The downgrade by US farm officials to estimates for world
wheat production will not be their last, Goldman Sachs said, forecasting a 34%
slump in Australian exports of the grain, and outperformance in futures prices.
Revisions on Thursday by the US Department of Agriculture,
in its benchmark Wasde report, to crop estimates attracted most attention in
corn, for which the estimate for year-end stocks was cut to 619m bushels, well
below market expectations.
However, it is wheat futures which stand to fare better, the
bank said, flagging the threat of further downgrades to harvest estimates,
notably in Argentina, Australia and China.
The comments were echoed by rival banks including Societe
Generale, which termed wheat "the big winner" of the Wasde report, and Credit Suisse,
which said "the outlook for wheat prices may be slightly more bullish than
'Further downgrades necessary'
Goldman Sachs analyst Damien Courvalin said that world wheat
production in 2012-13 looked, at 647.8m tonnes, set to turn out 5.2m tonnes
lower than the USDA is expecting.
"Further downgrades will be necessary" by the USDA.
This will support wheat prices "both outright and relative
to corn prices to limit feed demand in the face of lower availability", Mr Courvalin
said, flagging the potential for futures to "move sharply higher" if another crop
is badly hurt by weather.
"This would likely shift wheat to being the leader of the
grain complex," he said.
Many commentators have cautioned that the USDA's estimate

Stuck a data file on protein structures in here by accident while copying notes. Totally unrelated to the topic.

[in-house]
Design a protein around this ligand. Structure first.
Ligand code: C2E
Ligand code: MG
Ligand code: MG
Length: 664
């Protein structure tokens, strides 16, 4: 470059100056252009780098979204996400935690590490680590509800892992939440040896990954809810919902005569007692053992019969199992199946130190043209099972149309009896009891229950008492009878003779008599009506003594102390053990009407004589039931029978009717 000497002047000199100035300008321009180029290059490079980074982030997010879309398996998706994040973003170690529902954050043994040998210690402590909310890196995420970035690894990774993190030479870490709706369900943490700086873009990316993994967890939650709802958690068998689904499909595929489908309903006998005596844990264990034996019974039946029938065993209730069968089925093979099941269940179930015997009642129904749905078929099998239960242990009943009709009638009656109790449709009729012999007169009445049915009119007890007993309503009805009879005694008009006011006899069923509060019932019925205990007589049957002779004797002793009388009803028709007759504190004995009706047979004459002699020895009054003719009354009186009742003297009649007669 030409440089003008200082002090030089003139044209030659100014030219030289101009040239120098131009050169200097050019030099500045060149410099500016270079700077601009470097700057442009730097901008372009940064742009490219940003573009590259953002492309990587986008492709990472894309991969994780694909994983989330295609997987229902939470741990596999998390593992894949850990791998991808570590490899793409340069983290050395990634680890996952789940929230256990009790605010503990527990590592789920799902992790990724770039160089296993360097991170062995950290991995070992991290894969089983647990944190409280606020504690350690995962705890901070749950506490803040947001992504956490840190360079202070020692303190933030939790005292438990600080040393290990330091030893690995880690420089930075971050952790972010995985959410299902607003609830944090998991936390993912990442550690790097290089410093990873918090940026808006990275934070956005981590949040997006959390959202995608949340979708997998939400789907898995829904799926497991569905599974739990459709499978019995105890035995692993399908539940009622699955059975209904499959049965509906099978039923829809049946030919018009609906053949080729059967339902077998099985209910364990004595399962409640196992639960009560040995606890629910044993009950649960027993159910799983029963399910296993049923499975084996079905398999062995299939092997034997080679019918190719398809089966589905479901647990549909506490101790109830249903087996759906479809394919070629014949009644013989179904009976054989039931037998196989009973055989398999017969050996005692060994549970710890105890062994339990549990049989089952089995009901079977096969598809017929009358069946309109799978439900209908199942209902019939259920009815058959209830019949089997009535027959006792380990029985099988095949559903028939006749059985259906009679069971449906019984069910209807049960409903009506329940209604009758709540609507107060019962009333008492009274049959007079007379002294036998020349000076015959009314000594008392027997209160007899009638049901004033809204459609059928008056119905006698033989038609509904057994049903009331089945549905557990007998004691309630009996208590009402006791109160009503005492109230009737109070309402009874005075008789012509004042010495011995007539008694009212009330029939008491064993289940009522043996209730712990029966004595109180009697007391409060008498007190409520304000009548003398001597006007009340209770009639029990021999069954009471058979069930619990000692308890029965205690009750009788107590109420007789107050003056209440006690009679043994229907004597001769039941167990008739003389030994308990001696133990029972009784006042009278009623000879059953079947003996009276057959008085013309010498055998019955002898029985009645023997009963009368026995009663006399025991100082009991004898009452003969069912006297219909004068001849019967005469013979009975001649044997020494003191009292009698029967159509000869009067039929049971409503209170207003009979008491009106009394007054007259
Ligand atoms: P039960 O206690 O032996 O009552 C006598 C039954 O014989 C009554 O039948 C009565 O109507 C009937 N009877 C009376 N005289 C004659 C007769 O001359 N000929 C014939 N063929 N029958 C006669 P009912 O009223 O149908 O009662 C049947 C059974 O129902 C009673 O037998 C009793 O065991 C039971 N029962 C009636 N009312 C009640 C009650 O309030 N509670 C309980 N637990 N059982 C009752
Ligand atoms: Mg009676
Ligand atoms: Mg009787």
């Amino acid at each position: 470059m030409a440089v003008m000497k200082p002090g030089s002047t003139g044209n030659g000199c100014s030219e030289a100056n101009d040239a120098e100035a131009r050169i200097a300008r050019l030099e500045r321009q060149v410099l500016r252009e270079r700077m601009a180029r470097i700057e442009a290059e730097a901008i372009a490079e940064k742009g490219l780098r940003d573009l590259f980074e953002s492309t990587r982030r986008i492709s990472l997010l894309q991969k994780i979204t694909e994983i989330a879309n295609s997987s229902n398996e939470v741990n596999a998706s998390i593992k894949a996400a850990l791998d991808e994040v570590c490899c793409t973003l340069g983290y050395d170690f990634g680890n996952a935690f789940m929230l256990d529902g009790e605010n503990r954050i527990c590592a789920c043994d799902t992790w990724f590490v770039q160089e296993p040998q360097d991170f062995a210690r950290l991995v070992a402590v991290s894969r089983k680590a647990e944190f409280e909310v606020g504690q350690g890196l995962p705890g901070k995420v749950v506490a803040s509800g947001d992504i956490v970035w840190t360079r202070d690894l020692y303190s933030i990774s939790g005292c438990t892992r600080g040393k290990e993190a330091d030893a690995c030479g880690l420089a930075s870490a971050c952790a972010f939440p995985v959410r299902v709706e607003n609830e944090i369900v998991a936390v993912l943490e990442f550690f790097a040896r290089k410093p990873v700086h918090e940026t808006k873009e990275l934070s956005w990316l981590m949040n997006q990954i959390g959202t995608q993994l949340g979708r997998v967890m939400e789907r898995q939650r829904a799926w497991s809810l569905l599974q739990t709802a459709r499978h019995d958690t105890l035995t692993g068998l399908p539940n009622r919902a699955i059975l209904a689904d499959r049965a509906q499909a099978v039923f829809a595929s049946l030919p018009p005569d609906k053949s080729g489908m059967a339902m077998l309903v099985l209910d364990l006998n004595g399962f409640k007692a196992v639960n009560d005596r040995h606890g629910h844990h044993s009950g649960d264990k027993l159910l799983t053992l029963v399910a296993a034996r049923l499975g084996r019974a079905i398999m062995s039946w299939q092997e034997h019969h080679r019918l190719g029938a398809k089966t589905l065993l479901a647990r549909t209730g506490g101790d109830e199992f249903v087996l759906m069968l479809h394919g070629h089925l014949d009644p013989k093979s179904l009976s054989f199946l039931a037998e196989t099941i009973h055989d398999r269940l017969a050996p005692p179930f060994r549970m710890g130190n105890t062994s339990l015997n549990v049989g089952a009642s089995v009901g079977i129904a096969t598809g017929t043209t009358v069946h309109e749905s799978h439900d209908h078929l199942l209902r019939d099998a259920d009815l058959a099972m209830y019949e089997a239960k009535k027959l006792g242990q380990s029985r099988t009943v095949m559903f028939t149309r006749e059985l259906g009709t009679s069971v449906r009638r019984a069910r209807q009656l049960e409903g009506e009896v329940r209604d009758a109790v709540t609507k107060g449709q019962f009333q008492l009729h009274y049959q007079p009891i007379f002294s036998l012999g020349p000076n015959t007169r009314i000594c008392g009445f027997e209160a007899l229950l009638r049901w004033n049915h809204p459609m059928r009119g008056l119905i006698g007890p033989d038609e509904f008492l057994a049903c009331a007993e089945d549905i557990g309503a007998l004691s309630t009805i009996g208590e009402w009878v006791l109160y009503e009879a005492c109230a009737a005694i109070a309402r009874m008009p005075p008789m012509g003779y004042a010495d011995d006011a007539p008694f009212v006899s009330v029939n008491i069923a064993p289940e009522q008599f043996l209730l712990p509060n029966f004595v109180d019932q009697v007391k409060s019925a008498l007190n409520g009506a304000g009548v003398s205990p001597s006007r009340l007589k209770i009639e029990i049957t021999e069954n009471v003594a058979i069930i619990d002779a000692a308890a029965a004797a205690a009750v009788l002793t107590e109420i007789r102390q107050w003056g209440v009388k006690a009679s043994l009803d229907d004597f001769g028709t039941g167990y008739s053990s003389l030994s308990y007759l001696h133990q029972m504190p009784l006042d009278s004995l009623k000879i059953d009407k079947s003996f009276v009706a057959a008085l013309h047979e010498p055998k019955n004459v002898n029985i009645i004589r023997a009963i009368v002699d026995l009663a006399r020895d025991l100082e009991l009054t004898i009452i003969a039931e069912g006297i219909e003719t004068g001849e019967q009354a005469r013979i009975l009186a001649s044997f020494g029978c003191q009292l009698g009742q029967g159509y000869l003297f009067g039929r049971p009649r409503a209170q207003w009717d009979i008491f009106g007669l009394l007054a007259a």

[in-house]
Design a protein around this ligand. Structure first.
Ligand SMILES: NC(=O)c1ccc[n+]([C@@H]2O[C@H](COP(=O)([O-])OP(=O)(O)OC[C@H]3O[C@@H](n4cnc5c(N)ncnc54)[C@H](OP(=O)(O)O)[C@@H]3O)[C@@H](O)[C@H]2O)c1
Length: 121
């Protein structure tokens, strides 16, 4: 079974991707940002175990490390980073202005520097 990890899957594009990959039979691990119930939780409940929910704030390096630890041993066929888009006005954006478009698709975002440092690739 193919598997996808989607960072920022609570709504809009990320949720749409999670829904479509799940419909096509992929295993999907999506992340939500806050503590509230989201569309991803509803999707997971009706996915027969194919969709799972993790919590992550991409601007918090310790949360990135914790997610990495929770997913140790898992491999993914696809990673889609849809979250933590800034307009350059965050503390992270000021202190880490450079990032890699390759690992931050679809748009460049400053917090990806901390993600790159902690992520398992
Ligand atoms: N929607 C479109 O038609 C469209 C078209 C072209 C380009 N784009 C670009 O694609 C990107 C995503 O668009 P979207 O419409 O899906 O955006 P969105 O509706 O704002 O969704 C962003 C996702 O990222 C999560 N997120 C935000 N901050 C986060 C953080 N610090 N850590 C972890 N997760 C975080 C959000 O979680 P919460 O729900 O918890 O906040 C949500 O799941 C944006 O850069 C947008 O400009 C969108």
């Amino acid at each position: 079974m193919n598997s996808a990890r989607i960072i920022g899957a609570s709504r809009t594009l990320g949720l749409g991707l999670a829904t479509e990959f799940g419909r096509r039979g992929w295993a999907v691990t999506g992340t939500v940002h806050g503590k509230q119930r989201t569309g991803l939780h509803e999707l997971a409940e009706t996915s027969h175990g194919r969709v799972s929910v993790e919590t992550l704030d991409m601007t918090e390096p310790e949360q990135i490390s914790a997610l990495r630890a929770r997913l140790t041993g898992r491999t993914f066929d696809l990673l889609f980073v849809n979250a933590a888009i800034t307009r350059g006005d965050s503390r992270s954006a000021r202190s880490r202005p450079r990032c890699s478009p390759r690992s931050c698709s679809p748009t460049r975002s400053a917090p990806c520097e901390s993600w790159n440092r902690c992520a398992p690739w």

for Australia's dryness-plagued wheat crop may still too high, despite being downgraded in the Wasde by 3.0m tonnes to 23.0m tonnes.
Goldman Sachs pegged the harvest at 21.0m tonnes, sufficient
to support exports of 16.5m tonnes – a figure 1.5m tonnes below the USDA
forecast and down one-third year on year.
The Goldman export figure is also below an estimate of 17.8m tonnes from Commonwealth Bank of Australia last week.
For Argentina, Goldman pegged the wheat harvest at 10.8m tonnes,
below the USDA figure of 11.5m tonnes.
Separately on Thursday, the Buenos Aires grains exchange forecast
an Argentina crop of 10.12m tonnes, citing flooding which has hit in particular
the main wheat producing Buenos Aires state.
Societe Generale's supportive comments for wheat prices
reflected the prospect of import demand shifting to the US now former Soviet
Union supplies are running dry.
"Global cash prices continue to converge and we continue to
expect the US to benefit from this in the latter portion of the wheat marketing
year," SocGen analyst Christopher Narayan said.
Credit Suisse on Friday, while forecasting prices declines
in all three of Chicago's big three crops ahead, said it was relatively upbeat
over wheat futures given that "so many key producers [are] being affected by
weather-related disruptions", implying the need for higher values.
"We are increasingly concerned by the outlook of smaller global
production and exports in the coming year," Credit Suisse said.
"With global stocks falling once again, we believe the
outlook for wheat prices may be slightly more bullish than other grains."